UPDATE: UL Student Life Officers attempt to live on €38.80 for Sanctuary Week

Thursday, 4th April 2019

FOR Sanctuary Week at the University of Limerick, the three student sabbatical officers at UL Student Life are attempting to live on €38.80 in an effort to stand in solidarity with those in Direct Provision.

Here, they give us an update on how they are faring with the campaign.

Lorcan O’Donnell, Welfare Officer:

Monday morning hit me like a tonne of bricks as before the week had barely started, my phone credit ran out, meaning €20.00 gone straight off the bat. Potentially could have tried to go the week without mobile internet but being in charge of UL Student Life’s social media for the week meant it wasn’t an option.

I was clutching my €18.80 tightly thinking I may need to lock it away somewhere so that I didn’t spent it unnecessarily. Luckily at our Sanctuary Week launch event on Monday, catering was provided so I was able to have my breakfast and lunch in one to cut costs.

Tuesday arrived with high hopes of keeping my wallet firmly in my pocket….until a meeting was arranged in the Scholars restaurant and social pressure meant I had to drink a coffee while there, €3 vanished. Something even so small as getting a daily or weekly coffee can cause such worry because I don’t know what the rest of the week has in store and if I’ll need it or not.

Tuesday food was sourced by attending another Sanctuary week Potluck Dinner and film screening of the documentary Human Flow. Regrettably, I was one of those ones who didn’t add anything to the potluck but took all I could! Not one of my finer moments.

One of the big criticisms this week has been the suggestion that we have been somewhat disingenuous as those in Direct Provision receive three meals a day along with shelter and bedding and that living on €38.80 isn’t a fair reflection of their lives. The harsh reality is that our students in Direct Provision miss their breakfast, dinner and subsequently their lunch in the centres as the bus that brings them to college leaves early in the morning and arrives back late in the evening. Not only this, but as a society we should be trying to find ways to integrate asylum seekers into college life. Traditionally this can be done through joining clubs or societies, or going for a pint with classmates. But for those that have to plan every detail of where their money goes and getting home in time for food, this integration of feeling like a real UL Student can be lost.

Ciara Jo Hanlon, Student Life President:

Day 3 of the #38euro80 challenge and I am now down to less than €11.10. At the start of the week I tried to think about the best way to approach the challenge. I decided to prioritise food so I did a good weekly shop thinking “if I have a stocked fridge surely I’ll get through the week” so I spent €24.60 in ALDI stocking everything from pasta, meat to fruit and veg breakfast, lunch and dinner. This morning I woke up to discover I had little to no conditioner left, something so simple yet in the scheme of living off €38.80 something that is quite costly and if anyone has ever seen my hair you will know why I’m prioritising conditioner!!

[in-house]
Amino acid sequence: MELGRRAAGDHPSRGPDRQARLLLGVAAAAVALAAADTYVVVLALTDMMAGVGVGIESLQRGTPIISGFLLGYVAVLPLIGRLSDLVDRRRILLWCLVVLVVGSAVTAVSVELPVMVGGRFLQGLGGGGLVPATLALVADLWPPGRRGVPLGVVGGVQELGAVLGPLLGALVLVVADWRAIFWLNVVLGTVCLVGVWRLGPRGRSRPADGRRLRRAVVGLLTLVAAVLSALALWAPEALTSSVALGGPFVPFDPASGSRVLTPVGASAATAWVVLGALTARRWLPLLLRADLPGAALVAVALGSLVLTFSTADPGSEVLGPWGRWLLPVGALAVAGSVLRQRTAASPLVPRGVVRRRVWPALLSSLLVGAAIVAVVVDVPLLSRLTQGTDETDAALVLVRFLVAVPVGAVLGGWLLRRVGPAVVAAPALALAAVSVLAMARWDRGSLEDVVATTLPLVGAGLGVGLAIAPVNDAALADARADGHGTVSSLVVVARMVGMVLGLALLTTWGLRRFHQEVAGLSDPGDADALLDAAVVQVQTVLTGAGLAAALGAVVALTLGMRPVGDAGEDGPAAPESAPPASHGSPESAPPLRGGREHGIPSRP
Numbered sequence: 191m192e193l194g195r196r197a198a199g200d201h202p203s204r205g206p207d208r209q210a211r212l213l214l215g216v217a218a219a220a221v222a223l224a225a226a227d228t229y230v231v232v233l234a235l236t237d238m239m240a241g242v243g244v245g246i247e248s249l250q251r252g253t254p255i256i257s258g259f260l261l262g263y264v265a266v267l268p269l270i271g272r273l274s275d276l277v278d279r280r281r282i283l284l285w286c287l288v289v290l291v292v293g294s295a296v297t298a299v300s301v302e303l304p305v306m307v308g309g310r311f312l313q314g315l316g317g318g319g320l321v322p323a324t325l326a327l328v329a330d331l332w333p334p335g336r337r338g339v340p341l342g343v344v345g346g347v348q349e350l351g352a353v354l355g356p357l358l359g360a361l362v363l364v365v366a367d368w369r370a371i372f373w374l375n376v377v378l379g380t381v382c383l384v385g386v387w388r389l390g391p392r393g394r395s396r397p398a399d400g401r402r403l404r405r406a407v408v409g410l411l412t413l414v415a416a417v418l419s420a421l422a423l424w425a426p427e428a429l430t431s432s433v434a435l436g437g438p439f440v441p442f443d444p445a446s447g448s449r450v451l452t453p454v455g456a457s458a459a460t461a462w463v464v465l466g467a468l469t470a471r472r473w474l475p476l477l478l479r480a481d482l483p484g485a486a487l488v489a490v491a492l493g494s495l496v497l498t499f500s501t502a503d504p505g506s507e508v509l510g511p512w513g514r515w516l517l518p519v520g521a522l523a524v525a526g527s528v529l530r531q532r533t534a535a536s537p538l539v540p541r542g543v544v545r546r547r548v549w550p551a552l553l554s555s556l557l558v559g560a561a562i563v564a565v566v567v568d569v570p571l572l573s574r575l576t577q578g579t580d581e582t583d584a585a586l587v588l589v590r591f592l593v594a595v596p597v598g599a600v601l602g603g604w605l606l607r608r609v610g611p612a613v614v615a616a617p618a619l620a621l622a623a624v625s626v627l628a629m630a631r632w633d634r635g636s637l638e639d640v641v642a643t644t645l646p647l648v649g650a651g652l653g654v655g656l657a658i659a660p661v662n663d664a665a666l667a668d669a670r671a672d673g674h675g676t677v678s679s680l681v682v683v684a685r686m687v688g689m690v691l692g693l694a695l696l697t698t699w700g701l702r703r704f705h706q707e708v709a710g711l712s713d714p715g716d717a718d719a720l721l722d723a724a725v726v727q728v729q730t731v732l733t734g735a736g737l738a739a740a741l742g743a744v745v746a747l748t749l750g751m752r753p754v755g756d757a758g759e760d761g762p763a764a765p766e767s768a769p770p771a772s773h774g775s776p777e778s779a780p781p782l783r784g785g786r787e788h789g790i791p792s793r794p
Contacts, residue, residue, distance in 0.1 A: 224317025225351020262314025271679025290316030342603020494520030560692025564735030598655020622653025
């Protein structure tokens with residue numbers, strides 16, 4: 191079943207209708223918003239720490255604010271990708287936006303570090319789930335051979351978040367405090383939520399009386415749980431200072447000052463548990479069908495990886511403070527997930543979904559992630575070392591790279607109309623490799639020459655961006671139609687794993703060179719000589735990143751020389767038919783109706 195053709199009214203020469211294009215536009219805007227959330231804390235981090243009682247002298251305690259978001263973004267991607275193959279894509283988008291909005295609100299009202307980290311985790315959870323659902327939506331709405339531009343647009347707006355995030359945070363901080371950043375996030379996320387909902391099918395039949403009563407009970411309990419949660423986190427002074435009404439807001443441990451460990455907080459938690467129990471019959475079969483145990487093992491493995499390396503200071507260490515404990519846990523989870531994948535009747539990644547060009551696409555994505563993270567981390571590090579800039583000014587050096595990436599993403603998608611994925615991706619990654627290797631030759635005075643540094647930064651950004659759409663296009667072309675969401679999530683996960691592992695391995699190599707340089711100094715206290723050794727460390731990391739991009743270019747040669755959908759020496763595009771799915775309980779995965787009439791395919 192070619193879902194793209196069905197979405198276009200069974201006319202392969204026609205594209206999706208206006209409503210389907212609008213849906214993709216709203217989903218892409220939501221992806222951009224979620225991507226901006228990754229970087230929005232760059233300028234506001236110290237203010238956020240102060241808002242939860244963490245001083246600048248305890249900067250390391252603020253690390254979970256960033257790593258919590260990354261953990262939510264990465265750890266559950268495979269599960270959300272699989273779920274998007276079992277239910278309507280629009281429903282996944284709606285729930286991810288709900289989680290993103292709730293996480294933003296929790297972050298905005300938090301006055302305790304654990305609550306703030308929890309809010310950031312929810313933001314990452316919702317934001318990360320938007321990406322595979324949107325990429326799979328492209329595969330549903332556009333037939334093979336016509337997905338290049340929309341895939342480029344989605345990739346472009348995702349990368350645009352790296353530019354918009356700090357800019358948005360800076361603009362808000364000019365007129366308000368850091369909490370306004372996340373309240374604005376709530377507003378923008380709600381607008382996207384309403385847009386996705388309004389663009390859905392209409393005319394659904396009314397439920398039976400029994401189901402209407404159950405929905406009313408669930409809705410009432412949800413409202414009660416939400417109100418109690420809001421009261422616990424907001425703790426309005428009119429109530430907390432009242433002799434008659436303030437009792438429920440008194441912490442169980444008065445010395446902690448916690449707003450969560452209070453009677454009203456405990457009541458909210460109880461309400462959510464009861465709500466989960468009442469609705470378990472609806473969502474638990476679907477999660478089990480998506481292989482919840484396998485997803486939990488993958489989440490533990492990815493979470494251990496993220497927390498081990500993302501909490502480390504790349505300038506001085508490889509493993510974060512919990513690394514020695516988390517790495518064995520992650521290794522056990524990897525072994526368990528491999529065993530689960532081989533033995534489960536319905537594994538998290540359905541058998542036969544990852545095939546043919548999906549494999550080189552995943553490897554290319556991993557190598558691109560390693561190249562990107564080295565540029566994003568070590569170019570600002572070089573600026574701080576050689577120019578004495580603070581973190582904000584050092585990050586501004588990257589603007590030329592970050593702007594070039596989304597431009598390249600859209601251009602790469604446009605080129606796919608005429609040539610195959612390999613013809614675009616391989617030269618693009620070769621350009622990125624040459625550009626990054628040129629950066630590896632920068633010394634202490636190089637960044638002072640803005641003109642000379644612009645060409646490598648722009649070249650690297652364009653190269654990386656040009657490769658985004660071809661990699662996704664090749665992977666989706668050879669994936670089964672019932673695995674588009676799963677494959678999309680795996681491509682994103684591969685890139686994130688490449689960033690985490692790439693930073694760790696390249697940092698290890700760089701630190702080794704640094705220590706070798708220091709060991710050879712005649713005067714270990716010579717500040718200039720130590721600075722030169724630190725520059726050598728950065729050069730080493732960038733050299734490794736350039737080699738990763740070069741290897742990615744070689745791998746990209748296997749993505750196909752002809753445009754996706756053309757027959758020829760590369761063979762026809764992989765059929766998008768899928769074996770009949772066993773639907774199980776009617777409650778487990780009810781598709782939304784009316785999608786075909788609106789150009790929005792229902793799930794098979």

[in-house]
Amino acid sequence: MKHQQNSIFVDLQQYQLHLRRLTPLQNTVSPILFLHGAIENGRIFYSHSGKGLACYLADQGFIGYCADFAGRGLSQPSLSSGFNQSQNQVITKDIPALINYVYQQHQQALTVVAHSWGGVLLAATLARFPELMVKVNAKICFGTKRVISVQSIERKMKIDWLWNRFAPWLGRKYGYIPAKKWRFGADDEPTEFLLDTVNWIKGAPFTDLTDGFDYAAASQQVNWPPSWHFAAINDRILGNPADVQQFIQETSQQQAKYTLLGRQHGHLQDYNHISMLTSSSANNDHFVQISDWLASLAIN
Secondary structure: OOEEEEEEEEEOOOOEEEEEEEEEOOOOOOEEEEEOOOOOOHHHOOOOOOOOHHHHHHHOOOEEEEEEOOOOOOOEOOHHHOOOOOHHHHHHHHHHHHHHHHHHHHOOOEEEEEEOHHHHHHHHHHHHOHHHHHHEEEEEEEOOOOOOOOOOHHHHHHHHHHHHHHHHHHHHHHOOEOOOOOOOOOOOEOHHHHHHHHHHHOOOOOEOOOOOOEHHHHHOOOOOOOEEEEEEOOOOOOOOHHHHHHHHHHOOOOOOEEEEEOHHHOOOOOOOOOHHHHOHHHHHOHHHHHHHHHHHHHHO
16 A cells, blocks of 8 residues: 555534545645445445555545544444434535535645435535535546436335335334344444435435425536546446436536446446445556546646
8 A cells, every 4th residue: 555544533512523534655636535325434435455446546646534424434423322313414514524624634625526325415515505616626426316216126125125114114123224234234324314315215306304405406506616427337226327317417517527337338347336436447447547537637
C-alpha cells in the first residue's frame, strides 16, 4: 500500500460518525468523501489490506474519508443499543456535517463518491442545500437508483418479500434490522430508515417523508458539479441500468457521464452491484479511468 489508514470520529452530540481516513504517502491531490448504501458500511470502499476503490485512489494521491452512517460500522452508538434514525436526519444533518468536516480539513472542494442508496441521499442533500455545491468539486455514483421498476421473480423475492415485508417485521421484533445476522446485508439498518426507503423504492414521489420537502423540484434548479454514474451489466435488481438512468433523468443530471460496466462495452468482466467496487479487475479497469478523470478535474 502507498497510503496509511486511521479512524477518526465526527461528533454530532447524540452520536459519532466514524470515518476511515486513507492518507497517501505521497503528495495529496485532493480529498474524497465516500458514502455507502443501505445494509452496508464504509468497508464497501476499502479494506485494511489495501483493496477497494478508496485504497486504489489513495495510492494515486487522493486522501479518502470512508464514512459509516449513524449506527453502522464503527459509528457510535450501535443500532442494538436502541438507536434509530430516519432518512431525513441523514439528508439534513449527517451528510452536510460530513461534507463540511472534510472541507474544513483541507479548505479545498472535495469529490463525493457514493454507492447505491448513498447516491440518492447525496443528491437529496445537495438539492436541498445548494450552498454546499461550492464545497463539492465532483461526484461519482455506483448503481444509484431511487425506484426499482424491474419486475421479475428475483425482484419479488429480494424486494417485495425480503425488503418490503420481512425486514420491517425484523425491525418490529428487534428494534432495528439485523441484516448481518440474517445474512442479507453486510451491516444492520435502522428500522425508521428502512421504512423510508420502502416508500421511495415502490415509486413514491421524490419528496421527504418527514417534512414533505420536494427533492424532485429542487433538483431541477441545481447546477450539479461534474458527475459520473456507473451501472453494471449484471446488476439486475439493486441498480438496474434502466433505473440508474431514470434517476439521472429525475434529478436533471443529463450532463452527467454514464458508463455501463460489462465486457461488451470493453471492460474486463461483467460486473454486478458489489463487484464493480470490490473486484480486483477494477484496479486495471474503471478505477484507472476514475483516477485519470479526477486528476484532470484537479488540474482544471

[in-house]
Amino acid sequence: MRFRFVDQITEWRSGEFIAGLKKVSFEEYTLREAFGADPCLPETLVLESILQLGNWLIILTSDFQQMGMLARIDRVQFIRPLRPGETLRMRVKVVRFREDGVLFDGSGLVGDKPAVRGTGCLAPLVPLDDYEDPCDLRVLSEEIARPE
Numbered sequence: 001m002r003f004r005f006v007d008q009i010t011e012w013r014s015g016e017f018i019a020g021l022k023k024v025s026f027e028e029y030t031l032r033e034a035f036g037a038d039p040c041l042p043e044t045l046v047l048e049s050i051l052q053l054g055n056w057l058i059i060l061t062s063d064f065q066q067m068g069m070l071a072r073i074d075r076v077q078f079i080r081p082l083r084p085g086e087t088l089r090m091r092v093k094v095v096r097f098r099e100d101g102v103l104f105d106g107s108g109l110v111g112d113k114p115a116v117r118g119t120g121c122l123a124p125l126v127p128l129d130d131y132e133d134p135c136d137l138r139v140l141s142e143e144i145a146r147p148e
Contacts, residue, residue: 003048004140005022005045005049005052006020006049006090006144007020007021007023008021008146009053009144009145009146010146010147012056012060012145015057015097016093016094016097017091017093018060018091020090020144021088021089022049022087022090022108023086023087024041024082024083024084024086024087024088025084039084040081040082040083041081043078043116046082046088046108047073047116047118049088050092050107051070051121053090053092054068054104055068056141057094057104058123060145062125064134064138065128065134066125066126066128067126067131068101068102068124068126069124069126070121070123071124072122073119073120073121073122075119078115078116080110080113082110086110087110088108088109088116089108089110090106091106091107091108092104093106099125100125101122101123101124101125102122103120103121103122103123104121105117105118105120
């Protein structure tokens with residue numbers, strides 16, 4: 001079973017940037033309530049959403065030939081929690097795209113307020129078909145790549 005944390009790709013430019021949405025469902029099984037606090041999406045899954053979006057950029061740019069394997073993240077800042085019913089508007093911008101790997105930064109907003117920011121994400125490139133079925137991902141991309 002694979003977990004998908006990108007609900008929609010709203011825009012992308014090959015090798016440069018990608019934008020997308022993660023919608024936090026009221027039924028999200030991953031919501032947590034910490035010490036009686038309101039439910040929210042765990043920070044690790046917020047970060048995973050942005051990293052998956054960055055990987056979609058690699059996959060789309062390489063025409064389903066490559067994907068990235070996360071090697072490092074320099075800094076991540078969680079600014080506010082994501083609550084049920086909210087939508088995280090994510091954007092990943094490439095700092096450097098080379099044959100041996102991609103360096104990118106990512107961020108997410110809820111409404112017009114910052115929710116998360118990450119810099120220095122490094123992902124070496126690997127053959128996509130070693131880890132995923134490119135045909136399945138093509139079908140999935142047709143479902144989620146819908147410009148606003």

Over the past three days, friends and students have asked me about the challenge and say “How’s it going?”, “Is it actually that hard?” and my answer is yes!

I really have to stop and think. In work when someone is doing a run to the shop or when the gang are popping out for a bite for lunch, I have to stop and remind myself that I am on the challenge and that I can’t just go with them as normal and most of the eateries on campus won’t let you bring a packed lunch or your own food so that doesn’t help either. 

This made me think about how difficult it must be for our sanctuary students. What would they do if another student in their class asked them to go for lunch or grab a coffee, how difficult it must be? Torn between going with classmates or having enough money to survive the week.

These are other simple things that I have taken for granted.

Matthew Murphy, Academic Officer:

I’m down to 30 euro at this point in the week (Wednesday morning), which took me by surprise as I felt I wasn’t spending anything. I worked late Monday and Tuesday so I ended up getting snacks in the shop. I’ll have to cut that out for the rest of the week.

One small change I had to make is that I usually go swimming at lunch once or twice a week, but won’t this week. 2 swims is €6, plus it’ll make you hungrier which means more money spent in the shop. 

Tonight will be my first major challenge, as my old housemate and good friend is calling up for the night and the group chat is flat out with everyone making plans for pints in town and a pub crawl. I’m going to set aside €10 for transport in and out and not drink but this is not ideal. If I know my friends, they will eventually start offering to buy me pints. That someone will be obliged at some stage to get me one too as I can’t afford it myself. The feeling that my presence is going to create this peripheral charity case is making me feel guilty for attending in the first place.

One question I want to ask whoever is reading this is how do you earn each week? This is not a guilt trip on what you make, everybody earns their salary one way or another, but doesn’t it feel like an invasion of privacy to be asked? I myself feel a bit weird that everyone I know knows exactly how much I am on for the week, what I can spend, asking if I am hungry or did I buy anything crazy so far. Yet we all know exactly how much everyone on Direct Provision is on: €38.80. 

My second question I want to ask is how much do you want to be earning this time next year? Or in 5 years? Or 10? The answer to that one is most like ‘more’ to varying degrees. But for those trapped in the shamefully slow Direct Provision process, the answer is going to be €38.80 unless we shed some light on this issue and try and reform this system.